Once again, Republicans held a presidential debate on Thursday night. And once again, the live audience helped give the party a black eye.
The debate, which took place in Orlando, Fla., and aired on Fox News, included questions from a panel of Fox personalities and from voters, who were invited to submit theirs through YouTube. The crowd's big moment came in the second hour, when the topic turned to social issues.
"This question stirred up a whole lot of controversy online," Fox's Megyn Kelly said as she introduced a video submission. "It comes from Stephen Hill, who is a soldier stationed in Iraq."
Hill, wearing a gray "ARMY" T-shirt, then appeared on-screen and told the candidates that he is gay and that he had been forced to lie about his identity when he was deployed to Iraq in 2010 because he didn't want to lose his job. He then asked if the candidates would "do anything to circumvent the progress that's been made for gay and lesbian soldiers" now that the "don't ask, don't tell, policy has been officially repealed.
His video then ended and ... a handful of very loud boos erupted in the debate hall. Otherwise there was silence -- not one cheer for an active-duty soldier asking the candidates if they'd let him continue serving his country without lying. No other voter-submitted question all night elicited such a harsh response.
The question went to Rick Santorum, who made things worse by not offering any words of appreciation for Hill's service, which he didn't even acknowledge. Instead, he declared that "any type of sexual activity has absolutely no place in the military," that gays and lesbians have been given "a special privilege" by the repeal of DADT, and that the basic function of the military has been undermined because of it. Unlike Hill's question, Santorum's response produced loud applause and cheers that almost drowned him out as he finished speaking.
Kelly then followed up by asking Santorum about Hill's particular situation: He's admitted he's gay -- what would happen to him if you were president? Santorum allowed that he wouldn't kick out anyone who had come out of the closet before he took office, but that he would reinstate the policy and not permit any future soldiers to make such an admission.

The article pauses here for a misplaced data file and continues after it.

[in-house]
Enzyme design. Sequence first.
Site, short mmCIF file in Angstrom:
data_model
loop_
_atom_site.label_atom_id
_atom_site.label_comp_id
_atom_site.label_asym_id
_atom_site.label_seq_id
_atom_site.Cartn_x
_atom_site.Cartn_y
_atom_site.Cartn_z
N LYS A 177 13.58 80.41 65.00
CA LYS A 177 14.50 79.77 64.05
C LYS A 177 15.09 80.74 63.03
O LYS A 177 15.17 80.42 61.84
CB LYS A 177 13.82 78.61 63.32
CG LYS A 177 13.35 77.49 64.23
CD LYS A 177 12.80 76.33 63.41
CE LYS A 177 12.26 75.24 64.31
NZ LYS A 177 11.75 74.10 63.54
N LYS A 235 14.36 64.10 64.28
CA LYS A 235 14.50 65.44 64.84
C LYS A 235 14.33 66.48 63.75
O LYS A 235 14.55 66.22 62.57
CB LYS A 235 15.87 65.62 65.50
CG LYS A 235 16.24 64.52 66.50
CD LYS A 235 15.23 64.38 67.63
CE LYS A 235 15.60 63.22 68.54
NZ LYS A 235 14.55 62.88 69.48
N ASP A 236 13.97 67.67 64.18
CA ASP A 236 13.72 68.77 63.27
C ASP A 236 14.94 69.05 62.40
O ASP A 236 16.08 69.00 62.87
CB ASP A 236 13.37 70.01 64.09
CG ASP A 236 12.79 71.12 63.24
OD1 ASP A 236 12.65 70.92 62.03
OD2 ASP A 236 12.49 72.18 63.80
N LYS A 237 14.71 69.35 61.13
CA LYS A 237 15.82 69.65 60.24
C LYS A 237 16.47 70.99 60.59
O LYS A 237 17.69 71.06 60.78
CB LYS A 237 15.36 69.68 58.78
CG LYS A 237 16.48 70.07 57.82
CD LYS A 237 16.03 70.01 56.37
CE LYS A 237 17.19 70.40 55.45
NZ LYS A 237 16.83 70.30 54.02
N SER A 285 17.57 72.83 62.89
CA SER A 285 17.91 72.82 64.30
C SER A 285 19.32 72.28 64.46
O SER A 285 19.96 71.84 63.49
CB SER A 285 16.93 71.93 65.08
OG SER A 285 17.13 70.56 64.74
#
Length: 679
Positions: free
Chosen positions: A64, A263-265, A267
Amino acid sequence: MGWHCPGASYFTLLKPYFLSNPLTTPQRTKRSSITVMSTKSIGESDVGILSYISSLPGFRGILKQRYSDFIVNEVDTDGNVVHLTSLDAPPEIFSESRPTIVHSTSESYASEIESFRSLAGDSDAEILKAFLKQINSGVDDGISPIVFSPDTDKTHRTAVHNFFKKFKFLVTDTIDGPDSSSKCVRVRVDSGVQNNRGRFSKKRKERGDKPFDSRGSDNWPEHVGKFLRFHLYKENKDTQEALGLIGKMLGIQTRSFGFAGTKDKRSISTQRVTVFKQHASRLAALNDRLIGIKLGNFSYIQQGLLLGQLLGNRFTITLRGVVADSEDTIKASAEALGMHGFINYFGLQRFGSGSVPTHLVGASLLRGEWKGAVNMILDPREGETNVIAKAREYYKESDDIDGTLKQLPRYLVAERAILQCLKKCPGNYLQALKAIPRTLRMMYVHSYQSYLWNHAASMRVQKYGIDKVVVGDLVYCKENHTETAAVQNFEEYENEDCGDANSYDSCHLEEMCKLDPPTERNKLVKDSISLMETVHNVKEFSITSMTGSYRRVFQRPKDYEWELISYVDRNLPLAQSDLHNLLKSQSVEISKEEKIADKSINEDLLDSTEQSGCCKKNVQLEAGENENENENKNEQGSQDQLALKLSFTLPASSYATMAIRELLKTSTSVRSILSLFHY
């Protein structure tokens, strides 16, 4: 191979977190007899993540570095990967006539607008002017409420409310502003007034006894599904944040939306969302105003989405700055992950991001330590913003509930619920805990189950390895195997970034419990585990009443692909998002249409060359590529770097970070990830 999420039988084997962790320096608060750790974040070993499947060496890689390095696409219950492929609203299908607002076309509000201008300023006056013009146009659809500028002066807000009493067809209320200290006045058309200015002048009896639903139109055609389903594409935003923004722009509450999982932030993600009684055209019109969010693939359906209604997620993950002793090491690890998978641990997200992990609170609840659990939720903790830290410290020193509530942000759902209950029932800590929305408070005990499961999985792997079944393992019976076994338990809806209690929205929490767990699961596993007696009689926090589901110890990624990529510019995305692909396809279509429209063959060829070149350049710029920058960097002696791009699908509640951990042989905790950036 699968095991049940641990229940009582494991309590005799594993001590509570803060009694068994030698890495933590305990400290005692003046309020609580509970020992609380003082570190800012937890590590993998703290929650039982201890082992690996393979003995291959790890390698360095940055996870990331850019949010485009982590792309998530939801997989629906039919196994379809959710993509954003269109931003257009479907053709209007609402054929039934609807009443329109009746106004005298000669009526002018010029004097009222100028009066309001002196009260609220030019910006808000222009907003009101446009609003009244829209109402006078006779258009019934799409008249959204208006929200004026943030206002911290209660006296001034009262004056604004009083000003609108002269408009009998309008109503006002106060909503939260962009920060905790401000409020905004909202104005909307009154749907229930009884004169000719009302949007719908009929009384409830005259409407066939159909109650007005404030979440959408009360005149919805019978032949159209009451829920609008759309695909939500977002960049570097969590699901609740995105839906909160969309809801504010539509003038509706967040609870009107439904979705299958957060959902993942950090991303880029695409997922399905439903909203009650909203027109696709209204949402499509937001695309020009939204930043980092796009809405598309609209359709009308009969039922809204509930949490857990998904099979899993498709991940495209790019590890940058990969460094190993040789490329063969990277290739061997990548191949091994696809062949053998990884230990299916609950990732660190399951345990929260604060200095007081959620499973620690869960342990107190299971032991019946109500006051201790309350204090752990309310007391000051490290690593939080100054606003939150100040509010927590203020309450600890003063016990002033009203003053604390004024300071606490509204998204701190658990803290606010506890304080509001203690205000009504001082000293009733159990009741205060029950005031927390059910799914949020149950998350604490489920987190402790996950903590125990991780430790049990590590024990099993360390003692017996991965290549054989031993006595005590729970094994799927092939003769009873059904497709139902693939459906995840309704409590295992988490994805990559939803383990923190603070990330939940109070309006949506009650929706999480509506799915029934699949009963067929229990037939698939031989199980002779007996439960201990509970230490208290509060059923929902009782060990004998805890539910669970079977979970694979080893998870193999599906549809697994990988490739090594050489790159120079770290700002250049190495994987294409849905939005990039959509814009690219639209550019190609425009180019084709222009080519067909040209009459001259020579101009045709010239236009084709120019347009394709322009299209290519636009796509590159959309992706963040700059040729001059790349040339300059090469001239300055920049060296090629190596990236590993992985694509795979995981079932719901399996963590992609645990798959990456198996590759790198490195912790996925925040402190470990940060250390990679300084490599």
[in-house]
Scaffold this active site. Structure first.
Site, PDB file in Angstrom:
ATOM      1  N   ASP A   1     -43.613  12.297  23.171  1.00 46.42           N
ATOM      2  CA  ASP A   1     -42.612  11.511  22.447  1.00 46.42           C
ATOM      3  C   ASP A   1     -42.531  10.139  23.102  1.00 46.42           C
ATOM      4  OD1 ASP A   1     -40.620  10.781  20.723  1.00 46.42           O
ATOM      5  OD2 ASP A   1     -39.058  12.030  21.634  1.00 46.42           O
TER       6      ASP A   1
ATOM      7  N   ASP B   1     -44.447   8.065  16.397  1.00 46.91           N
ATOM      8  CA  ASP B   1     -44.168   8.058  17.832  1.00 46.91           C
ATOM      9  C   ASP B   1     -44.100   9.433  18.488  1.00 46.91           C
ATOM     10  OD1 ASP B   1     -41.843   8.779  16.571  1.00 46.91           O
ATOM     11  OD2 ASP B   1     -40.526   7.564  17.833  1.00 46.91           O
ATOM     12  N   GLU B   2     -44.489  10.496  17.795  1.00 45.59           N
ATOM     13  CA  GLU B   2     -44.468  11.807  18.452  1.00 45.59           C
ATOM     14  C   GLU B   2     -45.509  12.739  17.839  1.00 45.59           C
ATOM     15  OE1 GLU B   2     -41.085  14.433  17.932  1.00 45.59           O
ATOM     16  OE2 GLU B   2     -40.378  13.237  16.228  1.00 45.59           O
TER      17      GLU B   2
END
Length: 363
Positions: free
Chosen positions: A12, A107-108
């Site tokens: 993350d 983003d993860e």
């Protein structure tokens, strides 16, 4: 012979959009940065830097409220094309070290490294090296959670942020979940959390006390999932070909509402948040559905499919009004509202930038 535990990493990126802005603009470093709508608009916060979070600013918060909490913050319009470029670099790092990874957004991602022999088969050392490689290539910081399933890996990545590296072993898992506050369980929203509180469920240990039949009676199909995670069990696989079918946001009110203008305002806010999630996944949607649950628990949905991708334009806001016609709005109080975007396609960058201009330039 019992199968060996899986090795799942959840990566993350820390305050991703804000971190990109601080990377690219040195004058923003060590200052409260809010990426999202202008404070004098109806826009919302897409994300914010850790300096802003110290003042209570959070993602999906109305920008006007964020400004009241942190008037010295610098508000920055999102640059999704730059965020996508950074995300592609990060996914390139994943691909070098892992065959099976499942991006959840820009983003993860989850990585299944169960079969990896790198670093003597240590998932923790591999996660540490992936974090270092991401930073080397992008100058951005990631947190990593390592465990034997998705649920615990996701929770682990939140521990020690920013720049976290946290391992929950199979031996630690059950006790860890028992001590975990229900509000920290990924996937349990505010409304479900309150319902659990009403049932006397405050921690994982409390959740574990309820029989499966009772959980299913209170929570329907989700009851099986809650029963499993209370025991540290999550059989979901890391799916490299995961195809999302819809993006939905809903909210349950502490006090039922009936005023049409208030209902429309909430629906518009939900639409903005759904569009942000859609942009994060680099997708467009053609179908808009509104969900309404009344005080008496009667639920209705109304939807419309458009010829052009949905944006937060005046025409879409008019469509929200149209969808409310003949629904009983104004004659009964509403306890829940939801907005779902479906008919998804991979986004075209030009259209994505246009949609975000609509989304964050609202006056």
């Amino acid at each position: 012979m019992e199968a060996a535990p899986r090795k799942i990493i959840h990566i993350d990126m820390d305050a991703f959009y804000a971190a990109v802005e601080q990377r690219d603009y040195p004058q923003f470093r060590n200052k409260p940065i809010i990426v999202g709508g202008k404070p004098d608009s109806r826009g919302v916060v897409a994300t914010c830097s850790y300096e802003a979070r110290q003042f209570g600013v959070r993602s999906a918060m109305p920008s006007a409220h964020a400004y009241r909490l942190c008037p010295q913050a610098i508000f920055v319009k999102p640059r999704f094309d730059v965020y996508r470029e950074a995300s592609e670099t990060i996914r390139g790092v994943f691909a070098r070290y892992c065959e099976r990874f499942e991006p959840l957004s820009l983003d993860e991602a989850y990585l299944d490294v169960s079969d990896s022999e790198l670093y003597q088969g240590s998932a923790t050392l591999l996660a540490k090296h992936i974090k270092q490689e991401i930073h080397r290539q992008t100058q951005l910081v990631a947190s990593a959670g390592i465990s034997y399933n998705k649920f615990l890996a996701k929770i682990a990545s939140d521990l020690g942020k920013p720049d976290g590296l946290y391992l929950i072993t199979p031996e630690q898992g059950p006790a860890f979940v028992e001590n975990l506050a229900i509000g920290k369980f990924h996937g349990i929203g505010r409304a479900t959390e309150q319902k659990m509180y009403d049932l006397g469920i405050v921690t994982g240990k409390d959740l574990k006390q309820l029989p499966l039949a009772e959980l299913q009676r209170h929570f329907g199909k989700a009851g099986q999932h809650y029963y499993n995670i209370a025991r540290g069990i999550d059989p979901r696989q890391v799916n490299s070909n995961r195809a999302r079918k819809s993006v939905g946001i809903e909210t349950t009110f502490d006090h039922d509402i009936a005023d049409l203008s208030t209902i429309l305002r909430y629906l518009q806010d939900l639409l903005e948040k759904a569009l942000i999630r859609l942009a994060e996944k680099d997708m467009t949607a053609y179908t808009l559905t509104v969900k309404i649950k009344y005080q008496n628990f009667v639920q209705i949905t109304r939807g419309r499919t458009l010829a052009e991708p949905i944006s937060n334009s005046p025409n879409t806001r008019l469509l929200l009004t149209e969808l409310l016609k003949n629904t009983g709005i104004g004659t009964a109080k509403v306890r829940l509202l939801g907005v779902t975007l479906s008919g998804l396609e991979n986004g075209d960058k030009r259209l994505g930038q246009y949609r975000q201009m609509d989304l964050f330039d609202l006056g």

"We have to move forward with conforming with what was happening in the past, which is that sex is not an issue," he said. "It should not be an issue. Leave it alone. Keep it to yourself whether you are heterosexual or homosexual."
More cheers and applause. Here's the full video of the exchange (post continues below):
When Santorum was done, the debate moved on to abortion. (Does it even need to be mentioned that none of the other eight candidates onstage took the opportunity to jump in and chastise the crowd, or at least to say "thanks" to the soldier?) But the moment figures to live on, especially because it's part of what is a potentially problematic pattern for the GOP.
Recall that at the last debate, several audience members shouted their agreement when moderator Wolf Blitzer asked Ron Paul if a hypothetical uninsured 30-year-old male who goes into a coma and needs intensive care for six months should be left to die:
And in the debate before that, the mere mention by moderator Brian Williams of the 234 executions Rick Perry had overseen as Texas' governor prompted the audience to erupt in cheers (continued):
The point has been made that it's easy to make too much of these episodes -- that only a few people seemed to be calling for the hypothetical uninsured man to die, or that the basic eye-for-an-eye concept of the death penalty is just as popular with most Americans as it was with that debate audience. Even on DADT, polling evidence suggests that most Republican voters are fine with repeal -- as is the overwhelming majority of all Americans.
But the Republican Party has an image problem, too. A poll not long ago found that just 33 percent of Americans view the party favorably -- an all-time low. Even if they are isolated, these debate outbursts end up generating considerable attention and helping to establish (or to reinforce) a sense among non-Republican voters that the GOP has gone off the deep end.
It could be that this won't end up mattering in the end. If the economy is rotten enough, swing voters might end up voting straight ticket Republican next year no matter how extreme the GOP seems to them. But when members of a Republican crowd at a nationally televised Republican event start booing members of the military, it's safe to say the GOP is playing with fire.